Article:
as wild bird soaring
heading toward heaven
until running out of gas

mysterious messages

waking in darkness
printer’s wild humming
wondering about words
roy neary
devils tower meeting
poem from orizaba
new mexican city blues
uncle walt’s command
take to open road
robert frost’s suggestions
hiking less traveled path
surprise haiku
gary synder’s pen
brother brautigan’s directions
secret trophy trout pond
david foster wallace
explaining new freedom
old papa hem
from across the river
describing what lies beyond

splake2.jpg

“brevities” poems

poet’s driven habits
ignoring everyone else
those talking art

# # # #

snow began slowly
steady quiet accumulation
april years away

# # # #

caffeine fried brain
before family and career
poet scribbling words

# # # #

mad poet
wild reckless passions
living beyond edge

# # # #

ink smeared page
writing until
blood stained words

# # # #

“marquette monthly” april, 2017

tyler tichelaar review

“graybeard memories: morning espresso musings”

Several of t. kilgore splake’s volumes of poetry have been reviewed in this column, but this one is different. While it has the typical splake lack of capitalization, it is also written in paragraph form. At first, I thought it was a long prose poem, and it certainly has some poetic moments, but it’s more prose than poem, which is understandable since it is splake’s autobiography.

I found graybeard memories interesting since it gave me insight into the personal life of this poet and made me better understand his poetry. It begins with splake sitting in the Rosetta Café in Calumet drinking coffee and feeling attracted to the young female barista, but he realizes she would never be interested in him. He goes on to describe himself: octogenarian, teeth falling out, no longer fertile.

Then he takes the reader back to his early years growing up in Kalamazoo, Michigan and how he eventually decided to pursue “the bitch-goddess of academic success” by attending Western Michigan University and then getting a teaching job in Battle Creek at Kellogg Community College. At times, teaching was not that enjoyable for him, but he did seem to care about his students and subject matter.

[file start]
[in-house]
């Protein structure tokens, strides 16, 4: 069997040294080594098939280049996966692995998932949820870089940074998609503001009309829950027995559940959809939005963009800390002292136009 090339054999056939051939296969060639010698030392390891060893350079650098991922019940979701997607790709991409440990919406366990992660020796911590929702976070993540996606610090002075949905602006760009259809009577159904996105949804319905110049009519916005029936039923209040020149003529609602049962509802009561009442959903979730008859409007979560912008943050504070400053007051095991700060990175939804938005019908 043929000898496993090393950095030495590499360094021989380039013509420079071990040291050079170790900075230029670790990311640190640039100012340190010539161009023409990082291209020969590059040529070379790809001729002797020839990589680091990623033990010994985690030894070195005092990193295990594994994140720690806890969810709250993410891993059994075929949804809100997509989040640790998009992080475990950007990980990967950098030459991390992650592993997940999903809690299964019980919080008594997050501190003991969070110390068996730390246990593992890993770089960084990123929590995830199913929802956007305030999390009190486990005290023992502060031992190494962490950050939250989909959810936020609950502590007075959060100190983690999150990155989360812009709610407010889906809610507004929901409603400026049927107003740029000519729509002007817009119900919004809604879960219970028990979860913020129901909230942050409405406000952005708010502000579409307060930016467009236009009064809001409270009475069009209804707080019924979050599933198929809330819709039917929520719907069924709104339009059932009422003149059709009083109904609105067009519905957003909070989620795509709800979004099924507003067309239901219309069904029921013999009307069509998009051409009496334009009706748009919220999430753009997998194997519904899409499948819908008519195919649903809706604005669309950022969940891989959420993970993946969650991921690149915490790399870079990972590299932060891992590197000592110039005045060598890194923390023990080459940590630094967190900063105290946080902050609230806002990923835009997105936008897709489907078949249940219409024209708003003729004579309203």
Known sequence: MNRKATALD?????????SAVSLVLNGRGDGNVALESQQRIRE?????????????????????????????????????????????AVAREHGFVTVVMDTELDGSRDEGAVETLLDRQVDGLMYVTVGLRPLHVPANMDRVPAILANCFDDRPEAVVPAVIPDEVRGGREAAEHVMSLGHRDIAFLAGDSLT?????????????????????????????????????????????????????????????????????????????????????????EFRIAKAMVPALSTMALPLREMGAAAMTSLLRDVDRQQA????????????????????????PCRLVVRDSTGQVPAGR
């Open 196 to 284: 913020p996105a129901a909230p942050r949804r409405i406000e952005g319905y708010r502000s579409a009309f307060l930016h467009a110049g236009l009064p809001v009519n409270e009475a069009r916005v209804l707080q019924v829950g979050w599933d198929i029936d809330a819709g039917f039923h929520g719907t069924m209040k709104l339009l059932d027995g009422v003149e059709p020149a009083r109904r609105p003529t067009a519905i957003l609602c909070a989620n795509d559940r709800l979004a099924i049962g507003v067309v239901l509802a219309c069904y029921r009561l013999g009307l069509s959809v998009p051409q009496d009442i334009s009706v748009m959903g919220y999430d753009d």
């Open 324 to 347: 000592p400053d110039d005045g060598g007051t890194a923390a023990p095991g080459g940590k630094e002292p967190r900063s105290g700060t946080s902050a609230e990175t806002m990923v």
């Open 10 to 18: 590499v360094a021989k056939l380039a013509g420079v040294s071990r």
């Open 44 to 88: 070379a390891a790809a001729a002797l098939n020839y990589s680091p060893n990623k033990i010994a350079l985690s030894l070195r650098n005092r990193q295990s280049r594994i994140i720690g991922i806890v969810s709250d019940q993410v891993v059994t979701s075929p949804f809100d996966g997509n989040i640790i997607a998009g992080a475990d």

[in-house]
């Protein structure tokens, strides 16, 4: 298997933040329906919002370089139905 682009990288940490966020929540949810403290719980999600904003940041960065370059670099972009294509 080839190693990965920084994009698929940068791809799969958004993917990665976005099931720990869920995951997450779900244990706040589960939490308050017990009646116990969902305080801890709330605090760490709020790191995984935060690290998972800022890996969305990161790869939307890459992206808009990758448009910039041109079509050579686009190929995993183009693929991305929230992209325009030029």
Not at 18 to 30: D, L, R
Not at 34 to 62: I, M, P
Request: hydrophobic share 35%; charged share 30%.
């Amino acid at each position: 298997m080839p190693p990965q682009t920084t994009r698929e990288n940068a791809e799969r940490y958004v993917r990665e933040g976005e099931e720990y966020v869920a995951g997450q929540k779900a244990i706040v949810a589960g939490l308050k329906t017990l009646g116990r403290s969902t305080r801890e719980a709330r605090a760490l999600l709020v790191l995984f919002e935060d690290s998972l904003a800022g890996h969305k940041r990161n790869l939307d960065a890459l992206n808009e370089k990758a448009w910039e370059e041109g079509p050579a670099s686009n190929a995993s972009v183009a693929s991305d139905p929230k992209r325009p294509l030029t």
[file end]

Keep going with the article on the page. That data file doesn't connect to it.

splake also walks us through his numerous relationships with the opposite sex. He got his college girlfriend pregnant and married her. They tried to be a couple, but eventually they divorced, which he describes as the “final chapter in a sad situation of two spoiled children who had made a mistake.”

splake would have two more failed marriages and more children. He seemed to have a knack for attracting women with psychological issues–the third wife threatened to kill  herself and make it look like he had murdered her.  splake admits his free spirit and penchant for alcohol didn’t help his marriages.

During all these years of teaching and marriage, splake began to make rip s to the Upper Peninsula, which seemed to be a saving grace for him.  During one trip, he came to terms with his drinking.  On another, he began writing poetry.  To this day, he isn’t sure what caused him to write poetry one morning, but he did and he showed his work to an English professor colleague who thought it was good.  Still doubtful about the quality of his poems, splake created a pseudonym to protect him from embarrassment–he combined the names of a fish he had caught, his first name’s initial and a name in Kurt Vonnegut’s novel Breakfast of Champions to become t. kilgore splake.

Eventually, splake retired and moved to the U.P., first living in Munising and later in Calumet, where he currently lives.  The last chapters of the book describe the years he spent studying poetry until he finally bought a French beret to wear as a sign that he was ready to announce himself as a poet.  He describes his involvement with the local arts community, including the Vertin Gallery, editing the journal cliffs soundings and being given a Lifetime Achievement award by the U.P Writers Association.  The book includes several of splake’s photos of places mentioned in the book, especially around Calumet.

splake is in some ways your typical rough-living Hemingway type writer, but in other ways, he has a distinct voice.  This book will be welcomed by his fans because it gives his full story, only pieces of which could previously be gleaned from his poetry.

For more information, visit splake’s blog at https://tksplake.wordpress.com